Caring For Someone With Alzheimer’s

Caring For Someone With Alzheimer’s

November is Alzheimer’s Awareness Month, in recognition of the 5.7 million Americans who suffer from the progressive brain disease. Alzheimer’s disease causes patients to lose their thinking, memory and social skills, and it can also be devastating for caregivers.

The Alzheimer’s Association and other groups provide these tips for improving the quality of life of someone with the disease and making their care more manageable for family and other loved ones:

Get Educated

The first step to understanding what an Alzheimer’s patient is going through is to better understand the disease. Learn the common behaviors caused by Alzheimer’s, including:

1. Forgetfulness
2. Repeating statements or questions
3. Frequently losing possessions
4. Getting lost in common places
5. Acting out of character
6. Changes in mood, including depression

Learning these behaviors can make it easier for the caregiver to understand the patient’s actions and better communicate with them. Organizations like the Alzheimer’s Association and The Alzheimer’s & Dementia Resource Center offer local support groups for caregivers to help educate them on the disease and offer emotional support and resources.  These organizations can also be helpful in training caregivers on how to respond to difficult situations, such as severe outbursts and delusions.

Establish A Routine

Without a daily routine, Alzheimer’s patients easily can become confused or feel misplaced. Following a daily routine can provide the patient a sense of order and comfort.

A daily care plan for Alzheimer’s patients should include:

1. Helping them dress (if needed)
2. Planning mealtimes
3. Dispending medication (do so the same time every day)
4. Helping them with personal care/hygiene
5. Engaging in creative activities (such as listening to music, crafting)
6. Engaging in intellectual activities (puzzles, reading, playing cards)
7. Engaging in social activities (visiting family/friends)
8. Physical activity (walks together are great)

Caregivers should avoid introducing too many new activities into the patient’s life, such as taking the person on frequent trips to new places or introducing them to strangers. These new activities can cause stress and fear.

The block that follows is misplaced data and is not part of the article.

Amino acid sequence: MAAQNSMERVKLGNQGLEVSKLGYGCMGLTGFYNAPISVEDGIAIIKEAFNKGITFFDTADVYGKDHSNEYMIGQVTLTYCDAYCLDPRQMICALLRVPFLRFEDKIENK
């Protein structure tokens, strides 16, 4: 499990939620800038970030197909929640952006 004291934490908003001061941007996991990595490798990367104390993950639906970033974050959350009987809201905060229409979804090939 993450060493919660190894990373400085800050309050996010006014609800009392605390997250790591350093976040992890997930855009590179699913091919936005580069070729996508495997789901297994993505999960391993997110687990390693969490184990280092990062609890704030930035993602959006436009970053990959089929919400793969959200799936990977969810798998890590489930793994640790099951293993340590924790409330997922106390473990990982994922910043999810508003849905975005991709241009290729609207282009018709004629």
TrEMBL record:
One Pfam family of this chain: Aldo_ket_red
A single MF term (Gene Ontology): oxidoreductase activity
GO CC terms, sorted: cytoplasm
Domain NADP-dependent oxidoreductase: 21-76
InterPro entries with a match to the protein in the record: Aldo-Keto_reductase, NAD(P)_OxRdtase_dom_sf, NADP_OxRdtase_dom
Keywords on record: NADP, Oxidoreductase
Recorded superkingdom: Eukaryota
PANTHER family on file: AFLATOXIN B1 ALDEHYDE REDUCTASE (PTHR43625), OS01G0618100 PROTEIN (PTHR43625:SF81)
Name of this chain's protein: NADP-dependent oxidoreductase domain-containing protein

Safety-Proof The Patient’s Space

Safety is a key part of caring for someone with Alzheimer’s – whether the person is living at home or in an assisted living establishment.

Common safety protocols include:

1. Place a list of phone numbers/contacts near the telephone in case of a medical emergency
2. Install smoke alarms
3. Secure windows and doors – some Alzheimer’s patients can wander
4. Limit the patient’s access to potentially dangerous appliances (irons, cooking appliances)
5. Install handrails or lifts on stairs and seats or rails in the shower to prevent falling
6. Keep medications locked and out of reach
7. Hide the keys to any vehicles

Don’t Forget Self-Care

When it comes to caring for someone with Alzheimer’s, caregivers must not let their health take a back seat. Self-care is also important when dealing with the stresses of a loved one with Alzheimer’s.
Caregivers should continue engaging in things that make them happy, such as socializing, exercising, participating in hobbies and spending time with others.  Don’t be afraid to ask others for help, including family members and healthcare professionals.

Caring for someone with Alzheimer’s ultimately comes down to patience. And caregivers need to be patient with themselves as well.

Weekly Health Tips are brought to you by UCF Health, the College of Medicine’s physician practice. Offering primary and specialty care under one roof, UCF Health treats patients age 16 and up in primary care and age 18 and up for specialty care. Most major insurance plans are accepted. Two locations are now open: the original in East Orlando at Quadrangle and University boulevards just blocks from the main UCF campus and in Medical City at Narcoossee Road and Tavistock Lakes Boulevard. Information for both facilities can be found at UCFHealth.com, or call (407) 266-DOCS to schedule an appointment.

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